Old Dogs

2009-11-30 13:19
 
Old Dogs

What it’s about:

Two best friends — one an unlucky-in-love divorcee (Robin Williams) and the other a fun-loving bachelor (John Travolta)— have their lives turned upside-down when they’re unexpectedly charged with the care of seven-year-old twins while on the verge of the biggest business deal of their lives. The not-so-kid-savvy bachelors stumble in their efforts to take care of the twins, leading to one debacle after another, and perhaps to a newfound understanding of what’s really important in life.

What we thought:

If you put heavyweights John Travolta and Robin Williams together, you’d expect something amazing; add in some Disney magic, and you’d expect the sparks to really fly. Well, unfortunately, this is not that movie. It’s not amazing or magical. It’s just okay.

Disney magic is best left to movies like The Game Plan, Aladdin, and all that is sugar and spice and all things nice. Directed by Walt Becker, the same guy who gave us Wild Hogs; a surprisingly successful comedy about middle-aged men trying to recapture some former glory. But this time around he just didn’t get it right. It’s so average; its stench of desperation is evident in the constant gurning of an otherwise-respectable cast. This is a plain-as-day cash-in for everyone concerned.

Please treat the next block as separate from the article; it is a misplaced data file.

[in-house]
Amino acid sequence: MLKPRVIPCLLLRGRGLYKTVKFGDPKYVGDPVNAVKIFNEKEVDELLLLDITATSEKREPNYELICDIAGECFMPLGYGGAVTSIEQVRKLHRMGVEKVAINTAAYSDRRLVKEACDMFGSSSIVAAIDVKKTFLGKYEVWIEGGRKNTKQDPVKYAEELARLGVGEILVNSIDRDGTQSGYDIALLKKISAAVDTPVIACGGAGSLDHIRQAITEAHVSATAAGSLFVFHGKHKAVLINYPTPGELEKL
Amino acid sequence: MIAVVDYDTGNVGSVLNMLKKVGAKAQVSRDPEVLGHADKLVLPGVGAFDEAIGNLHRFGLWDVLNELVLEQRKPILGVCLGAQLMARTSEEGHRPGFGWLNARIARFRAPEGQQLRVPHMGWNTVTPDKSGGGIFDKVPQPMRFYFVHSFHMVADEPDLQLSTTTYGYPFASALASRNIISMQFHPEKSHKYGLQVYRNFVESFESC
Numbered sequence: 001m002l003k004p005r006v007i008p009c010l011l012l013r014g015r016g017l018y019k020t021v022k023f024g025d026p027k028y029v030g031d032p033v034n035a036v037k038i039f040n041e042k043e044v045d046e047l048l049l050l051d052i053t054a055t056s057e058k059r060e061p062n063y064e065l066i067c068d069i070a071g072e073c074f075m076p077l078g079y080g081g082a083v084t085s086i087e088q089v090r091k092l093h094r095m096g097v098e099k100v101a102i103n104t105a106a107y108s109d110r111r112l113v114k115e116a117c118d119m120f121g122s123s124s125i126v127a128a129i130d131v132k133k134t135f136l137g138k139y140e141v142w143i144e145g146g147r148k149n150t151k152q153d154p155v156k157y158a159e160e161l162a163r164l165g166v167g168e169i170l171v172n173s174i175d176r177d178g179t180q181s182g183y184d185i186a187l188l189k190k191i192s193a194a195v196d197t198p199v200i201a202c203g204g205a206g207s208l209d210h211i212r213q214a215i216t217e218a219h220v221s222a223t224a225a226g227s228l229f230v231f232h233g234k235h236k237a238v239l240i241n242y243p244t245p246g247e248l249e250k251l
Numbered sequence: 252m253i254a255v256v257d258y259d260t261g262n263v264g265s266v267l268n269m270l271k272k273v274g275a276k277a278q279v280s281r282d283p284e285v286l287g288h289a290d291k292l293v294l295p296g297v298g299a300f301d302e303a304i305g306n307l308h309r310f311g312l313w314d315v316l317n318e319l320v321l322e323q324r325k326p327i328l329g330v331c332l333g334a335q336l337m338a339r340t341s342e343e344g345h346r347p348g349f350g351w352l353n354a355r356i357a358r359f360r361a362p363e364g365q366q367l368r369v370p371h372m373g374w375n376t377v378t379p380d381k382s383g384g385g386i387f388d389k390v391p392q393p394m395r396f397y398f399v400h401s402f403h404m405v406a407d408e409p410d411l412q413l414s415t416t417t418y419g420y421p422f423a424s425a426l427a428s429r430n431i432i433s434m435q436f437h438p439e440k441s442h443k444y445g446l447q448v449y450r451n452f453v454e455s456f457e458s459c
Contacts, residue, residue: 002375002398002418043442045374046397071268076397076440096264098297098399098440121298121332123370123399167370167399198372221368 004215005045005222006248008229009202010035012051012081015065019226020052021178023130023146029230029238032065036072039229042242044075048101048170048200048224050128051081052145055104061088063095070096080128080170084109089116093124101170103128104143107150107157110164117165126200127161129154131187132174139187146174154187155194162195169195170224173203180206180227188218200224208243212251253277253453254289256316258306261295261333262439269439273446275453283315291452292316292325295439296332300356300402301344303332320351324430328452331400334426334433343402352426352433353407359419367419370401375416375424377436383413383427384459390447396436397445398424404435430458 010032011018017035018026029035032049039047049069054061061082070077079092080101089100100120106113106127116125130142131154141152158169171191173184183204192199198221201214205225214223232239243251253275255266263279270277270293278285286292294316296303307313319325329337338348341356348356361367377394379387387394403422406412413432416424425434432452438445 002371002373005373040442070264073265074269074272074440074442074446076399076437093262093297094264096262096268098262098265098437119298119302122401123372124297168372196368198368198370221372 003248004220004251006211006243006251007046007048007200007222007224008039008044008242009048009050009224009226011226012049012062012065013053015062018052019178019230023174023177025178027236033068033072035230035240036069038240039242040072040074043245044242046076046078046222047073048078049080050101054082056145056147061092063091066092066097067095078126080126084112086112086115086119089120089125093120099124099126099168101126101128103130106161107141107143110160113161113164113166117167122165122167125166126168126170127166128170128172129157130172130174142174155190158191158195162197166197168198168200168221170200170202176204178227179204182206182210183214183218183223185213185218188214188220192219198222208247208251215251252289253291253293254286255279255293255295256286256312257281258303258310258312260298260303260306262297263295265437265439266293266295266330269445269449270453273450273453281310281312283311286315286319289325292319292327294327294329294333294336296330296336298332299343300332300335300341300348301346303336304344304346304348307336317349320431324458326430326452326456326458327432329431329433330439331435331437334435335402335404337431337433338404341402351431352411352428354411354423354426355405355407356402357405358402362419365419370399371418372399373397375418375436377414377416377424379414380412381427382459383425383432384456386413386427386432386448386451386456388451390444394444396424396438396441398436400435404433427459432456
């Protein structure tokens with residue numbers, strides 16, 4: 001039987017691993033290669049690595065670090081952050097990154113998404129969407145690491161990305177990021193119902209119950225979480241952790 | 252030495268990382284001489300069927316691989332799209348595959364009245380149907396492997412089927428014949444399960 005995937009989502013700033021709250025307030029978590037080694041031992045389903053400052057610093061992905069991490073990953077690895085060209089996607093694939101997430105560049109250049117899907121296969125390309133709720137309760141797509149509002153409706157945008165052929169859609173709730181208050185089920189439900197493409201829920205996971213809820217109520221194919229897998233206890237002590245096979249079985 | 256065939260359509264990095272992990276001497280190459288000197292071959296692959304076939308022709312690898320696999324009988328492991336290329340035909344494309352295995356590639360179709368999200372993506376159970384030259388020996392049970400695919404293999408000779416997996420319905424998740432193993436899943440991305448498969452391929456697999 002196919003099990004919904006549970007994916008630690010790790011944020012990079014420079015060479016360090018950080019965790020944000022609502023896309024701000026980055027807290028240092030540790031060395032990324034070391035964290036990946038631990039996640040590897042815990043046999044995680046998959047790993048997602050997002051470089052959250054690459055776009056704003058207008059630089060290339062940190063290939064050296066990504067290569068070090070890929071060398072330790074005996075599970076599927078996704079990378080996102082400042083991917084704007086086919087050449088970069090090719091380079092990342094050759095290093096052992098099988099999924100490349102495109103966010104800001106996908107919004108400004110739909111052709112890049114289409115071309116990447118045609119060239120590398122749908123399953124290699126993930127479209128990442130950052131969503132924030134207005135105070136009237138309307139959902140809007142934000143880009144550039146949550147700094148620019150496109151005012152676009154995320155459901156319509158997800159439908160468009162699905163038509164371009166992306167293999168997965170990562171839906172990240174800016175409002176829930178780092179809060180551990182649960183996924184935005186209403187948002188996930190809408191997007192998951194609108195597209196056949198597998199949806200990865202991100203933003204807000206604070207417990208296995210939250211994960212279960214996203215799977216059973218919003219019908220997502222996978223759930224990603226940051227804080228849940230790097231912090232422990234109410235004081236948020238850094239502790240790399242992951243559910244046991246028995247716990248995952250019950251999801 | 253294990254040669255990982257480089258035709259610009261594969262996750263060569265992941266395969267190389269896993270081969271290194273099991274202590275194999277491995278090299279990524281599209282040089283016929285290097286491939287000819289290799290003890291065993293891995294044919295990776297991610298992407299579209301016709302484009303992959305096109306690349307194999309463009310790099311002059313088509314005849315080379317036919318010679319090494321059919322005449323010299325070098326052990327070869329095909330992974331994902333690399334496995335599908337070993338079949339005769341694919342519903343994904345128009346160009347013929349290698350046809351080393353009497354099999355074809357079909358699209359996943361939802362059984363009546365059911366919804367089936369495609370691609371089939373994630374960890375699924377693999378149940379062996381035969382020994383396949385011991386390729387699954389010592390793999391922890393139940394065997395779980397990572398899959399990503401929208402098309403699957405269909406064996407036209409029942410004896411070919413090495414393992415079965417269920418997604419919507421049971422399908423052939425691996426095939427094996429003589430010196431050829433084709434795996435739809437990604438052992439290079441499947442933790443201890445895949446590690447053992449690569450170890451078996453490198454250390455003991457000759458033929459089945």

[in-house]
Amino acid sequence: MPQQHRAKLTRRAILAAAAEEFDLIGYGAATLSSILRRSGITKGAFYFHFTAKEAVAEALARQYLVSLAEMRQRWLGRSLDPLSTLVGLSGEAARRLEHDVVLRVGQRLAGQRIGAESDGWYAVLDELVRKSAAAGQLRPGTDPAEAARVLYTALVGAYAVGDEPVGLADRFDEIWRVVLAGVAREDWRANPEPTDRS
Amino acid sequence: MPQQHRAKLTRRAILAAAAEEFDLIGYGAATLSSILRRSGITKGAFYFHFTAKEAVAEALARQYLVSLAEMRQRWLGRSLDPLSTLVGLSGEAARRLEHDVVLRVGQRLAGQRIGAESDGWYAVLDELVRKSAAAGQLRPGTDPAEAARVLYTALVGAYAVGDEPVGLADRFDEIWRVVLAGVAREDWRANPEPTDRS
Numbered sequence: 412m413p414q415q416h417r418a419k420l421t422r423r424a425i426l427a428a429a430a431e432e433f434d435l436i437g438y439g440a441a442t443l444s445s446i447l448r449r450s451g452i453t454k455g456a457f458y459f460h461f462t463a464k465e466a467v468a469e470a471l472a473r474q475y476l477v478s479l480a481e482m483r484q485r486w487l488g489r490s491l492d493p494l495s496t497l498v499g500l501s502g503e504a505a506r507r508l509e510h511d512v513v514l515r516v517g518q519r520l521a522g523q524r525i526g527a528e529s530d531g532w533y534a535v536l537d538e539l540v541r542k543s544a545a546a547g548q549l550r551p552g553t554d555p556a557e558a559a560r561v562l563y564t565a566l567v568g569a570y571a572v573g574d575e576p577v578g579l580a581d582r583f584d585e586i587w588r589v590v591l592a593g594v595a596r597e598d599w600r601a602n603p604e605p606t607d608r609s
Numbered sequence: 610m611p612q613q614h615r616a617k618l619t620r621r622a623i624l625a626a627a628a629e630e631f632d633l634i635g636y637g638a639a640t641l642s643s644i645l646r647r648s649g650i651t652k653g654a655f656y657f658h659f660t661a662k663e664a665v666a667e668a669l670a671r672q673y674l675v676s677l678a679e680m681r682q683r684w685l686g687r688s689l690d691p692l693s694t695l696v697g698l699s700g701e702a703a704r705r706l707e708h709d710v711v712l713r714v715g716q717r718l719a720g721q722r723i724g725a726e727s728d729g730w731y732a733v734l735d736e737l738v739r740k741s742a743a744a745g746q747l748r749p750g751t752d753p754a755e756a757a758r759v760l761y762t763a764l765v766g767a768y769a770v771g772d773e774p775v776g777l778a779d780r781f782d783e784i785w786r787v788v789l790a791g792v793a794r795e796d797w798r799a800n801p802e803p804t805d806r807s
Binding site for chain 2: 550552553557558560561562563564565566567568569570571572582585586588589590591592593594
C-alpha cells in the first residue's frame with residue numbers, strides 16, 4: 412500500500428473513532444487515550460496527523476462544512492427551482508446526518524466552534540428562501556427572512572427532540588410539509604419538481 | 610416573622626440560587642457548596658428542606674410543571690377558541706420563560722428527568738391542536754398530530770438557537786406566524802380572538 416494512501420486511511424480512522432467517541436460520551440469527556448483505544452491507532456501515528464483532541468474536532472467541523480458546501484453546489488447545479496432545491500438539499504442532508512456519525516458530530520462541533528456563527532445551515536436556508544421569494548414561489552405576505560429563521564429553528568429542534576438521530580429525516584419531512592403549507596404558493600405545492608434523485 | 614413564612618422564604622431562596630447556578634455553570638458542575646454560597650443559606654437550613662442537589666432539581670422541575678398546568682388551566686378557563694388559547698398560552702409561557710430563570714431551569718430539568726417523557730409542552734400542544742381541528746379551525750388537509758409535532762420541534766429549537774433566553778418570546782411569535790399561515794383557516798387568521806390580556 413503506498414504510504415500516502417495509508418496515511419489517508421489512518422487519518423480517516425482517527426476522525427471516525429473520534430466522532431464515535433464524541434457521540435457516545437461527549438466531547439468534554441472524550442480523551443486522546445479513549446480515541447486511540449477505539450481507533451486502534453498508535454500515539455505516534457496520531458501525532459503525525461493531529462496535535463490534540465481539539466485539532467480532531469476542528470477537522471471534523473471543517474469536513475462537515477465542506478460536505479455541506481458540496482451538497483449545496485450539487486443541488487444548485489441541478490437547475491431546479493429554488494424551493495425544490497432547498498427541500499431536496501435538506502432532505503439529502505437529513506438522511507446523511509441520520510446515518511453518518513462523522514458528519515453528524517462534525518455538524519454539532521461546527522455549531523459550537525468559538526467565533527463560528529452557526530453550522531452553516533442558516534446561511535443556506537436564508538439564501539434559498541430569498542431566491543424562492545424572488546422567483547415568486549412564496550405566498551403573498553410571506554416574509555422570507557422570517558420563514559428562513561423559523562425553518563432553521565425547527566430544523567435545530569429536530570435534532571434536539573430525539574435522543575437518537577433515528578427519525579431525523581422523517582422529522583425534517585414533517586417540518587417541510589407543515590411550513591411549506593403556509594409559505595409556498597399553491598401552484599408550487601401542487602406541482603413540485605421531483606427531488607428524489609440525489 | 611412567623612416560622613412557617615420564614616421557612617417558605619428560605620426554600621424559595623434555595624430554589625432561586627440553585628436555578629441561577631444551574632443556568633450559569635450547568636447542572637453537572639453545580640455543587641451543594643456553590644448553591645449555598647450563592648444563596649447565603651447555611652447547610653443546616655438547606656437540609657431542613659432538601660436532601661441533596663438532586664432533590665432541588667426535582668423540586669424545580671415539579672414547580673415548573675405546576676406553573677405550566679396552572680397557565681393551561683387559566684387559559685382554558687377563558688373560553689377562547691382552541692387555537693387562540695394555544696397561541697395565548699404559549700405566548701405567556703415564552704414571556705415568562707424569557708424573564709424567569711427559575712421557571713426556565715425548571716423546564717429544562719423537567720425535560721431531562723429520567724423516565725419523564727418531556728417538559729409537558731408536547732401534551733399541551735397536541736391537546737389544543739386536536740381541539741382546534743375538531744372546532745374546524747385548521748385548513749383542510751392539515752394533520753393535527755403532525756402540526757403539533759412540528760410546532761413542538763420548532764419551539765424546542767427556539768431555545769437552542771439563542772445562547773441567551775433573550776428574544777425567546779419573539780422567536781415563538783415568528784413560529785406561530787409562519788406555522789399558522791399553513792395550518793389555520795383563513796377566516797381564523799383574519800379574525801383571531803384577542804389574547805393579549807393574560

Charlie (Travolta) is this creepy, flirtatious businessman who doesn’t want to acknowledge that he's getting old; while Dan (Williams), his best friend and business partner, feels as if something is missing in his life. When Dan’s ex-wife (Kelly Preston) returns to his life with the fraternal twins (played by real-life daughter of Preston and Travolta, Ella Bleu Travolta, and Conner Rayburn) he never knew he had, their lives get turned into utter turmoil. And that’s when the real fun begins. Bachelor freedom soon gives way to childish misadventure and the kind of innocent slapstick that will delight the little ones.

It's quite lovely to watch the Travolta family have so much fun together in this movie, especially after the tragedy of losing their 16-year-old son Jett this year. Old Dogs is a light-hearted, squeaky-clean romp aimed specifically at younger audiences who will love the gags and misdemeanours the men endure. Fans of Williams and Travolta's more seasoned work should steer well clear.


It may feature a star-studded cast, but this is no Disney hit. With its slapstick humour, this one is definitely for the kids.

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